And then put all of the mashed fruit into a large pot and cooked the fruit using a gas stove.
The jamming group poured the fully cooked jam into several sterilized Ball jars. They then placed the jammed jars into a rolling boil water bath for about ten minutes to seal the jars from the outside air. Dana removed the jars from the water bath using tongs.
The jam making team left the jars at the Trotter Multicultural Center overnight to cool. The Cultivating Community team and the other participants picked up their share of the jam the following day. I recently tried the jam and it is one of the best jams I have tasted...ever. So myself and the rest of the Cultivating Community team encourage you all to experiment with canning, and jamming!
Friday, August 7, 2009
Last Wednesday night the other interns, myself, and a CC member went on the Detroit Urban Agriculture Tour. The tour had three separate buses going to different parts of Detroit (east side, central, and west side) as well as two bike tours. Our group went on the east side bus tour which visited Earthworks Urban Farm, Farnsworth street neighborhood, Peacemakers Ministries, and Georgia Street community gardens.
The full history and origins of Earthworks Urban Farm can be read here. The farm looked amazing with native wildflowers interspersed with massive eggplants, beans, and tomatoes. The Farm has youth outreach programs that teach entrepenuership, and healthy eating so there were many young volunteers explaining different parts of the farm to us as we moved through. There was a hoophouse on the property showcasing one of the main methods for farms in Michigan to have a longer growing season. This farm used to be a vacant lot of open grass, but now feeds the soup kitchen patrons as well as supplies the Gleaner's Food Bank with fresh produce. There are several other initiatives around Detroit that are doing similar things to combat poverty and hunger within the city.
The next point of interest we saw was the Farnsworth neighborhood. We drove by many quaint houses that were teeming with plant life, both ornamental and edible. The neighborhood is home to Paul Weertz, the science teacher at Catherine Fergueson Academy that founded the farm program at the school. Himself and others in his immediate community fully embrace the joys of gardening as evidenced by what we witnessed.
The next stop was at Peacemakers Ministries International which is a non-profit that offers transitional housing, and food organizers grow in adjacent lots, for people suffering from substance abuse. This visit was especially intriguing because one of the garden spaces is in an old abandoned building that no longer has a roof. Within the building, there is a chicken coop and several raised beds that have flowers and vegetables.
The final stop on the tour before the reception was the Georgia Street Community Collective. This organization is right in the middle of the community it serves with its garden in close proxmity to a great number of houses. They are also starting an orchard on an adjacent lot to the garden. I especially admired the garden because it had a great deal of artwork in the signage which is great to see because gardens are spectacular community art spaces.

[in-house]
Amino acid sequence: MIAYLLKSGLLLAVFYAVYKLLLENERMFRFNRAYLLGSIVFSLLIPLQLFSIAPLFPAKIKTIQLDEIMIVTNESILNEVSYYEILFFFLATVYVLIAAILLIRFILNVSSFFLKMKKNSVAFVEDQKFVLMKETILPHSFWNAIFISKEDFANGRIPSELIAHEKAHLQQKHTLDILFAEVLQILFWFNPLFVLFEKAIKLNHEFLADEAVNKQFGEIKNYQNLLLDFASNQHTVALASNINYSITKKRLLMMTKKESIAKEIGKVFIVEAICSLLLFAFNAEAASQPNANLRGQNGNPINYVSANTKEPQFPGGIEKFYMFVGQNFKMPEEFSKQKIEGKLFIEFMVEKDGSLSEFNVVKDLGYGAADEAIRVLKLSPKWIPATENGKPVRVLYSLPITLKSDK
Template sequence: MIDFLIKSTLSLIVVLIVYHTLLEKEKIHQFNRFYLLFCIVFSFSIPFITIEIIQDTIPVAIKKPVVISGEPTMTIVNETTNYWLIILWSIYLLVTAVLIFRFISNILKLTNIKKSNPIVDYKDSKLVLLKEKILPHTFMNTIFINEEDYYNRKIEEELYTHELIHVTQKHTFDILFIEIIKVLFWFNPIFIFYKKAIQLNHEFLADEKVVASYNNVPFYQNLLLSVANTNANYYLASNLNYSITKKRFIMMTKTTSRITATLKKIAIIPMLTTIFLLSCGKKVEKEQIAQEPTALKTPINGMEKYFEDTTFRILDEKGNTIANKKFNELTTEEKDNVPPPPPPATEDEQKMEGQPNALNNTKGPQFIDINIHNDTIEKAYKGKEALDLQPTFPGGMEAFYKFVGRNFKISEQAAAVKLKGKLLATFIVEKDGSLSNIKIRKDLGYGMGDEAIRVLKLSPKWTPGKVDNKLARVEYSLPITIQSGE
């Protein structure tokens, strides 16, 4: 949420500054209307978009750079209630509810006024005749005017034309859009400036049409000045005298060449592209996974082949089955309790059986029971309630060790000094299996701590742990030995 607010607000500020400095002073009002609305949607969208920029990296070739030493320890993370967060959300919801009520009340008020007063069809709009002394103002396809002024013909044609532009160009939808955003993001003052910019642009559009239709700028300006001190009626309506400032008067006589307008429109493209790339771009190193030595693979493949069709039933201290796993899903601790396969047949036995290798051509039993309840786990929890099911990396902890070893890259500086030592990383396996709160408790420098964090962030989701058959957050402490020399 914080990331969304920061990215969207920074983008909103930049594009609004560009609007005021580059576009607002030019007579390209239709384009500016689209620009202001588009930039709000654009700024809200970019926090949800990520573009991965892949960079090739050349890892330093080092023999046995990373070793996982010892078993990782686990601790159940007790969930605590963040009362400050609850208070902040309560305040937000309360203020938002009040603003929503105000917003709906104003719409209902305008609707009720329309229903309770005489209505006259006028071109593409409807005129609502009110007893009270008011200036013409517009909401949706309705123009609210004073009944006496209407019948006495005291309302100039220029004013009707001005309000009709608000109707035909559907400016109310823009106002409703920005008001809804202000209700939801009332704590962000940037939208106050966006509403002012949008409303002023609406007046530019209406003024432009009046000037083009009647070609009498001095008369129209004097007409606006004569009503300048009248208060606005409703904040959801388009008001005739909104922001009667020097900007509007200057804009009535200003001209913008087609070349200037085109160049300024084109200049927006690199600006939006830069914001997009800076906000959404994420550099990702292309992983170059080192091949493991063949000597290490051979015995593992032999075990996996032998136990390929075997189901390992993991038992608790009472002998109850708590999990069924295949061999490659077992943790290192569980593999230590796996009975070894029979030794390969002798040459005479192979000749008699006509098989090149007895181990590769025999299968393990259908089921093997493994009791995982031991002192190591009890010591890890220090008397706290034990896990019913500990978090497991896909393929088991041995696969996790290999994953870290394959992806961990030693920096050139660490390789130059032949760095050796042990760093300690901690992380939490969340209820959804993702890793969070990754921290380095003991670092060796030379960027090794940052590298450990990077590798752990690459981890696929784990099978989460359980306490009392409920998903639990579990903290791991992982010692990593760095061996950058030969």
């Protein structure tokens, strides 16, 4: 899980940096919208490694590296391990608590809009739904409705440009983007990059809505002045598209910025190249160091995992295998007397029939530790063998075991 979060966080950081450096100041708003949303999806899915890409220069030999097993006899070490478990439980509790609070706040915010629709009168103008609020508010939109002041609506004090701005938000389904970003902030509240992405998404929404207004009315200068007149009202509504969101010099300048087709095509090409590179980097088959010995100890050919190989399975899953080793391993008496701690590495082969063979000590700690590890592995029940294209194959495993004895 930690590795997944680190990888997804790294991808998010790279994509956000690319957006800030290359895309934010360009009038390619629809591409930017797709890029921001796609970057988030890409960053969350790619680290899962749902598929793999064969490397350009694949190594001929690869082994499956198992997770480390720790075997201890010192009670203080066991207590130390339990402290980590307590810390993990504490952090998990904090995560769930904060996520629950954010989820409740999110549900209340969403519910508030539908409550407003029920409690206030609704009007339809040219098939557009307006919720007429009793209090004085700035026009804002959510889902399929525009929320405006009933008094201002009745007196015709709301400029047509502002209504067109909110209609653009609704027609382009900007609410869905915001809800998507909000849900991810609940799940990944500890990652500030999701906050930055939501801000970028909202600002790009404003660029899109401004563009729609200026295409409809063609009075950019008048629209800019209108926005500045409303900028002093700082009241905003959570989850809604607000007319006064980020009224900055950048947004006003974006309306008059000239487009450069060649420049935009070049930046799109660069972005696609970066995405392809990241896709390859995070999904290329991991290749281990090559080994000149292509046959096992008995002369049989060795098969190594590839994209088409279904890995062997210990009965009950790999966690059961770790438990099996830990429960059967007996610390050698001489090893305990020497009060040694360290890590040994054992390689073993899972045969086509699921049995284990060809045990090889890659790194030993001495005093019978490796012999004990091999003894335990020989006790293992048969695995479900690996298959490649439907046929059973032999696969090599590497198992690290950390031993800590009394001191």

The tour reception was held at Catherine Fergueson Academy, where the tour organizers, local chefs, and volunteers provided a taste of Detroit's harvest with small samplings of various dishes made from Detroit grown produce. After the meal we explored Catherine Fergueson's fields, which were filled with vegetables, fruit trees, bee hives, goats, rabbits, ducks, geese, and a horse!
Overall I really enjoyed the tour and it was exciting to see all the dynamic things that are happening in this post-industrial city. The blending of urban and rural elements within the city helps to establish a greater ecological balance because Detroit is not currently experiencing pressures to develop land, but instead has vacant land that can be farmed which produces a harvest that is every more closely approaching food self-sufficiency.
Monday, August 3, 2009
On July 15th, the Cultivating Community team hosted a mini herb garden workshop outside the Ginsberg Center. We provided the containers, seeds, soil, and water. First step in the workshop was the punching of drain holes into the window box containers. Then we filled the containers with organic potting soil and each participant chose which seeds and/or plants to put into their herb gardens. The herb seeds we had to offer were chives, lavendar, basil, oregano, thyme, and mint. Also we brought some cilantro plants to offer as transplants. Herb plants do not take up that much space, therefore many plants could fit into one container. So everyone selected and planted their plants, watered their container, and carried it home to watch it grow. We would love to hear feedback on how your herbs are doing so email me at firstname.lastname@example.org to let us know, maybe even send pictures so we can post them to the blog!